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Here are the coronavirus stories Medscape’s editors around the globe think you need to know about today.
Two clinical trials that will examine an investigational monoclonal antibody for the treatment of COVID-19 are launching, officials from the National Institutes of Health and Eli Lilly and Company announced today.
One of the trials will study the safety and efficacy of the monoclonal antibody LY-CoV555 in 200 outpatients with mild to moderate symptoms of COVID-19, and the other will test the antibody for 300 hospitalized patients. Both will be placebo controlled.
Many drugmakers in addition to Eli Lilly have developed and are testing monoclonal antibodies for the treatment of COVID-19 and as prophylaxis, while the world awaits the development of a vaccine.
Pooled Hospital Testing
A New York hospital that tested patients for COVID-19 by combining samples from multiple low-risk patients in a single test found that the approach stretched limited testing supplies, provided results quickly, and allowed staff to test all admitted patients thus “reassuring our community,” clinicians from the hospital reported.
One of the study authors said he expected to find that pooled testing saved resources, but he “was surprised by the complexity of the logistics in the hospital, and how it really required getting everybody to work together…there were a lot of details and it really took a lot of teamwork.”
Novavax Vaccine Phase 1 Results
An experimental COVID-19 vaccine the biotech company Novavax is developing “was generally well-tolerated and elicited robust antibody responses” in a phase 1 study, the company announced today.
The most common symptoms participants reported were local tenderness and pain, headache, fatigue, and myalgia. No participants reported severe or serious adverse events. All participants developed wild-type virus neutralizing antibody responses, Novavax reported.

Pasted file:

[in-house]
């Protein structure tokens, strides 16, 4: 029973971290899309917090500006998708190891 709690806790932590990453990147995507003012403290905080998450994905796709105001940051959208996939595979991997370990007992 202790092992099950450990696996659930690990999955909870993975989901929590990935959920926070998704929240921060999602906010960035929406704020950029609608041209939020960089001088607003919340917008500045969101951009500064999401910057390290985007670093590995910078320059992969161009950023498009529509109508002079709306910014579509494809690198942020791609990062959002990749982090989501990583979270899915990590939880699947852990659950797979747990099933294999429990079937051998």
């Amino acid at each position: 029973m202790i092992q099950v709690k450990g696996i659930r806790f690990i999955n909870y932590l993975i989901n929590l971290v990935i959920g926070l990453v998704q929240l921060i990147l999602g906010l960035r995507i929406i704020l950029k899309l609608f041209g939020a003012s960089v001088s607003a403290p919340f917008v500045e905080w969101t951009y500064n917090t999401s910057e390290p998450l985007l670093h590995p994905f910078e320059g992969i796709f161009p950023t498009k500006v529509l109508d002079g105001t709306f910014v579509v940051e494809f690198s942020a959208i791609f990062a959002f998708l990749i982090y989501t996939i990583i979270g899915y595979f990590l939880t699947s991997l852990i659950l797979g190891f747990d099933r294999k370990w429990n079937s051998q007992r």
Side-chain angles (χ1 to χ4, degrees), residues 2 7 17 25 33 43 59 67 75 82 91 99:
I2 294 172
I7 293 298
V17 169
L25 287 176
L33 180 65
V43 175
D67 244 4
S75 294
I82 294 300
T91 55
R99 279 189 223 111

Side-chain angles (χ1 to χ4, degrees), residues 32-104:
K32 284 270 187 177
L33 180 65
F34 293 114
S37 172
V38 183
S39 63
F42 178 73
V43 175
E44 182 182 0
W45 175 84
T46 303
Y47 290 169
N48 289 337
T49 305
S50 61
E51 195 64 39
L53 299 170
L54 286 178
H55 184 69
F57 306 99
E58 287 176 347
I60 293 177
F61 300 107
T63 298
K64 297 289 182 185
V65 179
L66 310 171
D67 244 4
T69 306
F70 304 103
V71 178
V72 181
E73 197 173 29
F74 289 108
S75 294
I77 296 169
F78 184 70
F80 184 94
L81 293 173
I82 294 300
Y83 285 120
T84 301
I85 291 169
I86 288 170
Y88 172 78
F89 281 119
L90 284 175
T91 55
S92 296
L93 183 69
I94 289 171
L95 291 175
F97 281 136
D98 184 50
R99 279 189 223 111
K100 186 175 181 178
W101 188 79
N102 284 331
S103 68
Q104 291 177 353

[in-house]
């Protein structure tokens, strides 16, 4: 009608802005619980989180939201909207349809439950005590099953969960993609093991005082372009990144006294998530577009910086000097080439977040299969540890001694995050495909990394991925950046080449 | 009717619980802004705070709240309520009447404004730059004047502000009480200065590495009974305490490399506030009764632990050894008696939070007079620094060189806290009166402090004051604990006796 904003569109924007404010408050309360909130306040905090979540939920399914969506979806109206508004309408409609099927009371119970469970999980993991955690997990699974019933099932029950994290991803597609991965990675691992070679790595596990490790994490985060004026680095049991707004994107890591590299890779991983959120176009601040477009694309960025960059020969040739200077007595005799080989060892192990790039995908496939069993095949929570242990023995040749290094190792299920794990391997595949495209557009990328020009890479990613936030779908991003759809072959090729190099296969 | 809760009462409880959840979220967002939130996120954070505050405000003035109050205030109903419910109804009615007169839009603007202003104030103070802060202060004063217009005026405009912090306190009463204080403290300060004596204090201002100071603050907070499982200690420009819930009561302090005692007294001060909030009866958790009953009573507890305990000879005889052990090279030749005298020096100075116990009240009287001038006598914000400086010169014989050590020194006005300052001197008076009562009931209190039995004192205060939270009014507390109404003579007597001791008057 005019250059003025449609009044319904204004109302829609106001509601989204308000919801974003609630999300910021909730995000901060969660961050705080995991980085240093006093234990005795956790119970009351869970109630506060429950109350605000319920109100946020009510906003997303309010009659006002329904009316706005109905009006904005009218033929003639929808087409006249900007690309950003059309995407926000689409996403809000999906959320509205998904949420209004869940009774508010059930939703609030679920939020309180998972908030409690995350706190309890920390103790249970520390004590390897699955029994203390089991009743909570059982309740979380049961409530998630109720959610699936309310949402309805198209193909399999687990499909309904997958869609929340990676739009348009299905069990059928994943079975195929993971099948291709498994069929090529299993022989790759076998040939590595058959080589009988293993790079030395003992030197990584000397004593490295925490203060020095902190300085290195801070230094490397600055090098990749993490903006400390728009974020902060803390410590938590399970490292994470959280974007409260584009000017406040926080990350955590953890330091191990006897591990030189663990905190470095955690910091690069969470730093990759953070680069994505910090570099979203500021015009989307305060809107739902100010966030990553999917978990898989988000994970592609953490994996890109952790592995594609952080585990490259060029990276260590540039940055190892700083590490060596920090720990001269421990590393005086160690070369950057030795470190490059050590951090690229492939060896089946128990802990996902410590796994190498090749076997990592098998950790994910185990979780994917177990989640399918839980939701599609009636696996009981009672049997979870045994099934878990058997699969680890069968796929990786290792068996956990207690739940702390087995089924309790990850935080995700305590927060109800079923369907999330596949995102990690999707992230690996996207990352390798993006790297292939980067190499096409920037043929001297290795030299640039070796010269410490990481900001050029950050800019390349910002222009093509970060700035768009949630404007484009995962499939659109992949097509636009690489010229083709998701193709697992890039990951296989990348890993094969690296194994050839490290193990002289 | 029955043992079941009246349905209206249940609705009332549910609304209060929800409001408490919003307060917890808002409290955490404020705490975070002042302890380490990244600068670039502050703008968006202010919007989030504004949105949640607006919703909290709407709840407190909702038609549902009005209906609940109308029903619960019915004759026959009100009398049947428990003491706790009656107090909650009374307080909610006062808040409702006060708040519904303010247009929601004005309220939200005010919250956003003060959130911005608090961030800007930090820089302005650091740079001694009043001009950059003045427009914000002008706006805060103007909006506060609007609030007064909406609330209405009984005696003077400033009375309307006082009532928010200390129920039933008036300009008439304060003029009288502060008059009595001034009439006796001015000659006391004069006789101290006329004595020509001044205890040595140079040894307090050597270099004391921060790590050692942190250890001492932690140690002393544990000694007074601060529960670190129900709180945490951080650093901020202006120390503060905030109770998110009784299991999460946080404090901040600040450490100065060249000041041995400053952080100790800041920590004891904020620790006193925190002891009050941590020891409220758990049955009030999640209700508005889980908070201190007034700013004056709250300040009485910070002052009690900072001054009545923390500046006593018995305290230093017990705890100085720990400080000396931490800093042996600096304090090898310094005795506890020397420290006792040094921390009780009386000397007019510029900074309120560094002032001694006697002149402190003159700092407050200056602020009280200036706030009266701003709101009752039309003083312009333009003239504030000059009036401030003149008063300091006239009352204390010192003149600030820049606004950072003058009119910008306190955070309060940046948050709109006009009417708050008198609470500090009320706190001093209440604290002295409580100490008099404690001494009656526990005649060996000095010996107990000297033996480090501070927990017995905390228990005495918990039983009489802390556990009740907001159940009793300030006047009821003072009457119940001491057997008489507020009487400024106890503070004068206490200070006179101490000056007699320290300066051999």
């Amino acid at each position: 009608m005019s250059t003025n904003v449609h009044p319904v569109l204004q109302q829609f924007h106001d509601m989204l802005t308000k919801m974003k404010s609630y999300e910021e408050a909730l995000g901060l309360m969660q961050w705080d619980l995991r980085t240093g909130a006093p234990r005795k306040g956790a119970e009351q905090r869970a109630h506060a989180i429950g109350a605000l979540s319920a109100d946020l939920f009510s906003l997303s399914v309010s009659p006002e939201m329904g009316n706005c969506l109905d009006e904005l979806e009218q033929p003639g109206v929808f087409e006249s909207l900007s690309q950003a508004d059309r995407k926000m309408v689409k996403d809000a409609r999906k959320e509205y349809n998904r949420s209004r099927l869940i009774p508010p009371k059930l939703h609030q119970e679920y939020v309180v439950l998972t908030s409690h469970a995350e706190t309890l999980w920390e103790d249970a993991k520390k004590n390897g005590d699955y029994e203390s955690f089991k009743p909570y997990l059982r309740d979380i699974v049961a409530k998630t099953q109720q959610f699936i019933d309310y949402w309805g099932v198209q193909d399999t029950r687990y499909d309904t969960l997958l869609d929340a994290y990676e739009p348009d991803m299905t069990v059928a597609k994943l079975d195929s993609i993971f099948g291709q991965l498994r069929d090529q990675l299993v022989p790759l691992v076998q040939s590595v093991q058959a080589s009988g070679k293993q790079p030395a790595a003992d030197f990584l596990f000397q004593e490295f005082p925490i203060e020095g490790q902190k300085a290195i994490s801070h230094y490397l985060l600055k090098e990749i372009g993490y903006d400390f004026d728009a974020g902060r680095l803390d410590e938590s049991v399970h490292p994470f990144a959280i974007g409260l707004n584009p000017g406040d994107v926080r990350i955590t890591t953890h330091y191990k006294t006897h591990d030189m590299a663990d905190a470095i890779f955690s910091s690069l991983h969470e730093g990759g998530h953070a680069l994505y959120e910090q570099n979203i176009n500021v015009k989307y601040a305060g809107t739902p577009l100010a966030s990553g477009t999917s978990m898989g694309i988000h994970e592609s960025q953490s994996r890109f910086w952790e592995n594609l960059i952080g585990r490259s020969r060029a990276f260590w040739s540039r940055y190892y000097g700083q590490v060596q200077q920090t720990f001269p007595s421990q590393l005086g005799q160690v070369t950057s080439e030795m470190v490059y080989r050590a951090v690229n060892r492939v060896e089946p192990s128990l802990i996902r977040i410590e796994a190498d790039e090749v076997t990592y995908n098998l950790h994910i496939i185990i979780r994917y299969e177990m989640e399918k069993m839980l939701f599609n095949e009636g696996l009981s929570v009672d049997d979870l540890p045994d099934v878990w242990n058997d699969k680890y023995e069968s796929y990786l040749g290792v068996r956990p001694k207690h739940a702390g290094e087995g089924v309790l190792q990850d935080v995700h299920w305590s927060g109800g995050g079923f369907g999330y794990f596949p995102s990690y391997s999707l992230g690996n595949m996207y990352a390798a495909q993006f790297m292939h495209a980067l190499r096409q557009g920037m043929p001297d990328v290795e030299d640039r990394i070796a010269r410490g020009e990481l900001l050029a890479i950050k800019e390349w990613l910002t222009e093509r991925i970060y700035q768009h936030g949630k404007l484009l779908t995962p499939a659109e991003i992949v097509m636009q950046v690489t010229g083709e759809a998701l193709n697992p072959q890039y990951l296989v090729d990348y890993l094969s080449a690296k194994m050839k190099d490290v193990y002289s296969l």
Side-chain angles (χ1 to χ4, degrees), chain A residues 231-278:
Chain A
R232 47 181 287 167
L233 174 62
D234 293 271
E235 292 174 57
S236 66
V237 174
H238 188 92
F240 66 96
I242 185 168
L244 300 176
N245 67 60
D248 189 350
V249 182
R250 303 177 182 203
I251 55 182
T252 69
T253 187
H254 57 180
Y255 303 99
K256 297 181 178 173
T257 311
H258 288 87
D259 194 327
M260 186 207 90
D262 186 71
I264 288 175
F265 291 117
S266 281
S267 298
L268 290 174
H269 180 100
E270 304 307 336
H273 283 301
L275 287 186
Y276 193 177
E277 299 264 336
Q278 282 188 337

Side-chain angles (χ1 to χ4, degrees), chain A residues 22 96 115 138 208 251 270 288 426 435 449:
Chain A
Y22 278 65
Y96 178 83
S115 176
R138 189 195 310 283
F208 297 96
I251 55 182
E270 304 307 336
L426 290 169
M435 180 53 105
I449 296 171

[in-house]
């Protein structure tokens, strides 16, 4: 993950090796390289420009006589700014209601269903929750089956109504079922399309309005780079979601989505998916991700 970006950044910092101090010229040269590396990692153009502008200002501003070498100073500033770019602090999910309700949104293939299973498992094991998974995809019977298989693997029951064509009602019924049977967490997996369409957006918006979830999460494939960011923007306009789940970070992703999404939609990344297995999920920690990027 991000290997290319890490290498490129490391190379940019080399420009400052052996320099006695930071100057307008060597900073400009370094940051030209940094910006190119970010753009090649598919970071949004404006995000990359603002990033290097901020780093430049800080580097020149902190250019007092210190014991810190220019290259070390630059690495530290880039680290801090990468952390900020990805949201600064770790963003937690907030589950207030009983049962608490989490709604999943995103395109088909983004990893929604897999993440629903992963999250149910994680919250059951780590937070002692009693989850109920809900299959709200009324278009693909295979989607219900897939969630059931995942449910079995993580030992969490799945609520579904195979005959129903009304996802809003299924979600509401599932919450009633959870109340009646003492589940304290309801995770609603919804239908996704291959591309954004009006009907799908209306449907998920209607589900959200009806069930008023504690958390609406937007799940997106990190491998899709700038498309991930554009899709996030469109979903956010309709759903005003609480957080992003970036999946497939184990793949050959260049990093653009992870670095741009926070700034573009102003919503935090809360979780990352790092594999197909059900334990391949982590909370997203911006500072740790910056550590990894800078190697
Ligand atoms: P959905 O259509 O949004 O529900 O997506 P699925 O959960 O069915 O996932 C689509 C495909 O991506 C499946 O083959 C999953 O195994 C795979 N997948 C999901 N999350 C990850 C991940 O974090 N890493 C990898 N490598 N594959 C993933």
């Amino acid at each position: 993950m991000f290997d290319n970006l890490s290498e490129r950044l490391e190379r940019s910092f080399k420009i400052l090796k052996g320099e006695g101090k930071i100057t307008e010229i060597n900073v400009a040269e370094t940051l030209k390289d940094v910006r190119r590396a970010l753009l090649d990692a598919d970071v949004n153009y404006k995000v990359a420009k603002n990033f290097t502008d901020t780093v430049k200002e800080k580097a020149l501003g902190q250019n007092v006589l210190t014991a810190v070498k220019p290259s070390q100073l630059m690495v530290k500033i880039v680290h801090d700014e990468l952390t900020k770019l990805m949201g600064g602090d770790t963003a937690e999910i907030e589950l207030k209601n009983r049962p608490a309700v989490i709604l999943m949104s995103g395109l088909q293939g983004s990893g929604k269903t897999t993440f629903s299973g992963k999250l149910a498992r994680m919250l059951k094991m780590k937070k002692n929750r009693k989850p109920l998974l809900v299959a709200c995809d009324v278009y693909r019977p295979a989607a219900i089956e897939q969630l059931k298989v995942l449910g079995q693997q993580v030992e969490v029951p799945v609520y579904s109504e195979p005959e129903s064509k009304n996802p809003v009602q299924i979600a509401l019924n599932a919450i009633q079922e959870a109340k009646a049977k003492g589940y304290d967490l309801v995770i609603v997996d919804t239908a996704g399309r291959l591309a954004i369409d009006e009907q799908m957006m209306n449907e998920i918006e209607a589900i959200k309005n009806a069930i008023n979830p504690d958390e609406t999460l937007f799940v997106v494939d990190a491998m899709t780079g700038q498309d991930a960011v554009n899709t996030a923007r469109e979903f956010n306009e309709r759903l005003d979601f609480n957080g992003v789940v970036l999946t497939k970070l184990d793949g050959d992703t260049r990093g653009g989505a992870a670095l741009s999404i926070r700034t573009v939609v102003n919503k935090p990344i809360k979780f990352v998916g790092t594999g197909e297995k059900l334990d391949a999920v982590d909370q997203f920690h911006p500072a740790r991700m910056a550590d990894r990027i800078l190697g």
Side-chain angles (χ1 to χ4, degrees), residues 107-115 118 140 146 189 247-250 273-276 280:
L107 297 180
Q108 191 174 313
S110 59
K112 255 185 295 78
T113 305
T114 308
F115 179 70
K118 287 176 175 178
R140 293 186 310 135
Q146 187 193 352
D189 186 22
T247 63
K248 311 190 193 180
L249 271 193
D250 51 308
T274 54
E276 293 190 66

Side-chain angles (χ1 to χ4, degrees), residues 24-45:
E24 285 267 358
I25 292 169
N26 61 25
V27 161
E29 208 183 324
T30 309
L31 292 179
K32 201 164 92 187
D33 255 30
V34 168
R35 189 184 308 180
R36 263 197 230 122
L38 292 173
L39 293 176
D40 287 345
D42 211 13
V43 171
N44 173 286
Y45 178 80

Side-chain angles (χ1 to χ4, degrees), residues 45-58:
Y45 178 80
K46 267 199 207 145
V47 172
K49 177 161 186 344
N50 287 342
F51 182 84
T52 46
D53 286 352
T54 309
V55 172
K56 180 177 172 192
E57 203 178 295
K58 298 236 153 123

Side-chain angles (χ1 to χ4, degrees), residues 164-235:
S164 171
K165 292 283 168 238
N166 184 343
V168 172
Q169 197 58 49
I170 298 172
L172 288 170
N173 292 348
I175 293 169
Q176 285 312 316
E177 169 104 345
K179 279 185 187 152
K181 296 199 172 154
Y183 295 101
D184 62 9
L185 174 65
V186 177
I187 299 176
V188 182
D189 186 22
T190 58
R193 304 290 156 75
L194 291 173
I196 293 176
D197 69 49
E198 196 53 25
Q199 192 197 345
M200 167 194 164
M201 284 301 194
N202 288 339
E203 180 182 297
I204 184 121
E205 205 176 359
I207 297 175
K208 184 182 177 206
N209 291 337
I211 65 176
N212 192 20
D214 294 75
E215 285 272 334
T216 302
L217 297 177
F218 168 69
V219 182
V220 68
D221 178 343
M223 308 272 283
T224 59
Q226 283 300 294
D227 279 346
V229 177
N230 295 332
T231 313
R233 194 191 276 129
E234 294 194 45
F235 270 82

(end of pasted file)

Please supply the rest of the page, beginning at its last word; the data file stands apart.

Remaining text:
The company said the data have been submitted for peer-review to a scientific journal and to the online preprint server medRxiv.org.
Healthcare Worker Risk
Healthcare workers in the United Kingdom and the United States are at least three times more likely to report a positive COVID-19 test compared to the general public, estimates a new study, even after accounting for differences in testing frequency between the two groups.
The prospective, observational cohort study was carried out using self-reported data from the COVID Symptom Study smartphone app from March 24 to April 23 in the United Kingdom and from March 29 to April 23 in the United States.
Risks were highest for healthcare workers caring for patients with confirmed COVID-19 without adequate PPE ― almost six times higher than those with adequate PPE who were not exposed to COVID-19 patients.
Better Outcomes With Continued ACE Inhibitor, ARB Use
Hospitalized COVID-19 patients with high blood pressure who continue receiving angiotensin-converting enzyme (ACE) inhibitors and angiotensin-receptor blockers (ARBs) fare better than those in whom the drugs are discontinued, according to a retrospective study.
How “Outbreak Culture” Makes Response Worse
In their 2018 book, journalist Lara Salahi and evolutionary geneticist Pardis Sabeti, MD, from the Harvard School of Public Health, defined “outbreak culture” ― a pattern in response to outbreaks in which, early on, the response is driven by overriding fear or politics rather than science or public health. They examined how the pattern manifested itself in the largest and most lethal Ebola outbreak to date ― and proposed a better way.
Medscape spoke with Salahi about the book’s lessons for COVID-19 and whatever may come next.
“If we continue to see outbreaks as a political issue rather than a humanitarian one, we’re going to keep responding to them that way,” Salahi said. “Outbreak culture won’t change without shifting to a culture of preparedness.”
As frontline healthcare workers care for patients with COVID-19, they commit themselves to difficult, draining work and also put themselves at risk for infection. Thousands throughout the world have died.
Medscape has published a memorial list to commemorate them. We will continue updating this list as, sadly, needed. Please help us ensure this list is complete by submitting names with an age, profession or specialty, and location through this form.
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Ellie Kincaid is Medscape’s associate managing editor. She has previously written about healthcare for Forbes, the Wall Street Journal, and Nature Medicine. She can be reached at email@example.com or on Twitter @ellie_kincaid.